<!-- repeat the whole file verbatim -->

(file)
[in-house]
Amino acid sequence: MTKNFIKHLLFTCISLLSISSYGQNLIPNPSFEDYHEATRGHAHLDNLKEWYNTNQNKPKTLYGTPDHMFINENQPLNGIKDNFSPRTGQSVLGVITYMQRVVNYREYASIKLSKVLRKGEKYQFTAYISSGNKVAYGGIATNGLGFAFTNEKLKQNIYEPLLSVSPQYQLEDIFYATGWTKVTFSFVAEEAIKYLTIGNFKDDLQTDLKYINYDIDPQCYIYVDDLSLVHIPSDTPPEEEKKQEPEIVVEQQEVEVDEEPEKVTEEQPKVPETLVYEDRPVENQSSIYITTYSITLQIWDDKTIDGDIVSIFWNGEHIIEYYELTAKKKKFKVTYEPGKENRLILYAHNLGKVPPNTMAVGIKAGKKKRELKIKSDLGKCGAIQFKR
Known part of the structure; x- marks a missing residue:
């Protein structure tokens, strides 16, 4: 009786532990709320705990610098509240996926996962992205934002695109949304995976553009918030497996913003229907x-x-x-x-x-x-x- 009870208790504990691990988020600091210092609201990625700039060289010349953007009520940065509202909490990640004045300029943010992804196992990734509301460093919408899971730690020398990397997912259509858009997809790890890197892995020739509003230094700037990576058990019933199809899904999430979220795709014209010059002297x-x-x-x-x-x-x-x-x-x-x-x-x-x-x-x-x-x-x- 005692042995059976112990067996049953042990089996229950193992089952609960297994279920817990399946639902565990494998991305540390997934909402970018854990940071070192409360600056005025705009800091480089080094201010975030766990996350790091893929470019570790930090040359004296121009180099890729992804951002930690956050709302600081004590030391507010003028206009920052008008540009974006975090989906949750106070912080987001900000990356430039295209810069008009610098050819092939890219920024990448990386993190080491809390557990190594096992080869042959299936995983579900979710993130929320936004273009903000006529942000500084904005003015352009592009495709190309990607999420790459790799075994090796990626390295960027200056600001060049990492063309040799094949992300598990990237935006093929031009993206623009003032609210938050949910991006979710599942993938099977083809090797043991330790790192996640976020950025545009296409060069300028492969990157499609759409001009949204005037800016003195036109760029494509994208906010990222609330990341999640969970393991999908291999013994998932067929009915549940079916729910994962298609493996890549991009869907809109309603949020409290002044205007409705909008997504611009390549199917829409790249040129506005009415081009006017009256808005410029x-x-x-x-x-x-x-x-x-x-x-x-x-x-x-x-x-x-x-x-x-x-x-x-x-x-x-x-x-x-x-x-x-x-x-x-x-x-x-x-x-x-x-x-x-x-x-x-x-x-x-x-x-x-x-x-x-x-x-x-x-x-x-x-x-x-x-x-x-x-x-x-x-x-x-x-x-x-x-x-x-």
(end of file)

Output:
[in-house]
Amino acid sequence: MTKNFIKHLLFTCISLLSISSYGQNLIPNPSFEDYHEATRGHAHLDNLKEWYNTNQNKPKTLYGTPDHMFINENQPLNGIKDNFSPRTGQSVLGVITYMQRVVNYREYASIKLSKVLRKGEKYQFTAYISSGNKVAYGGIATNGLGFAFTNEKLKQNIYEPLLSVSPQYQLEDIFYATGWTKVTFSFVAEEAIKYLTIGNFKDDLQTDLKYINYDIDPQCYIYVDDLSLVHIPSDTPPEEEKKQEPEIVVEQQEVEVDEEPEKVTEEQPKVPETLVYEDRPVENQSSIYITTYSITLQIWDDKTIDGDIVSIFWNGEHIIEYYELTAKKKKFKVTYEPGKENRLILYAHNLGKVPPNTMAVGIKAGKKKRELKIKSDLGKCGAIQFKR
Known part of the structure; x- marks a missing residue:
């Protein structure tokens, strides 16, 4: 009786532990709320705990610098509240996926996962992205934002695109949304995976553009918030497996913003229907x-x-x-x-x-x-x- 009870208790504990691990988020600091210092609201990625700039060289010349953007009520940065509202909490990640004045300029943010992804196992990734509301460093919408899971730690020398990397997912259509858009997809790890890197892995020739509003230094700037990576058990019933199809899904999430979220795709014209010059002297x-x-x-x-x-x-x-x-x-x-x-x-x-x-x-x-x-x-x- 005692042995059976112990067996049953042990089996229950193992089952609960297994279920817990399946639902565990494998991305540390997934909402970018854990940071070192409360600056005025705009800091480089080094201010975030766990996350790091893929470019570790930090040359004296121009180099890729992804951002930690956050709302600081004590030391507010003028206009920052008008540009974006975090989906949750106070912080987001900000990356430039295209810069008009610098050819092939890219920024990448990386993190080491809390557990190594096992080869042959299936995983579900979710993130929320936004273009903000006529942000500084904005003015352009592009495709190309990607999420790459790799075994090796990626390295960027200056600001060049990492063309040799094949992300598990990237935006093929031009993206623009003032609210938050949910991006979710599942993938099977083809090797043991330790790192996640976020950025545009296409060069300028492969990157499609759409001009949204005037800016003195036109760029494509994208906010990222609330990341999640969970393991999908291999013994998932067929009915549940079916729910994962298609493996890549991009869907809109309603949020409290002044205007409705909008997504611009390549199917829409790249040129506005009415081009006017009256808005410029x-x-x-x-x-x-x-x-x-x-x-x-x-x-x-x-x-x-x-x-x-x-x-x-x-x-x-x-x-x-x-x-x-x-x-x-x-x-x-x-x-x-x-x-x-x-x-x-x-x-x-x-x-x-x-x-x-x-x-x-x-x-x-x-x-x-x-x-x-x-x-x-x-x-x-x-x-x-x-x-x-």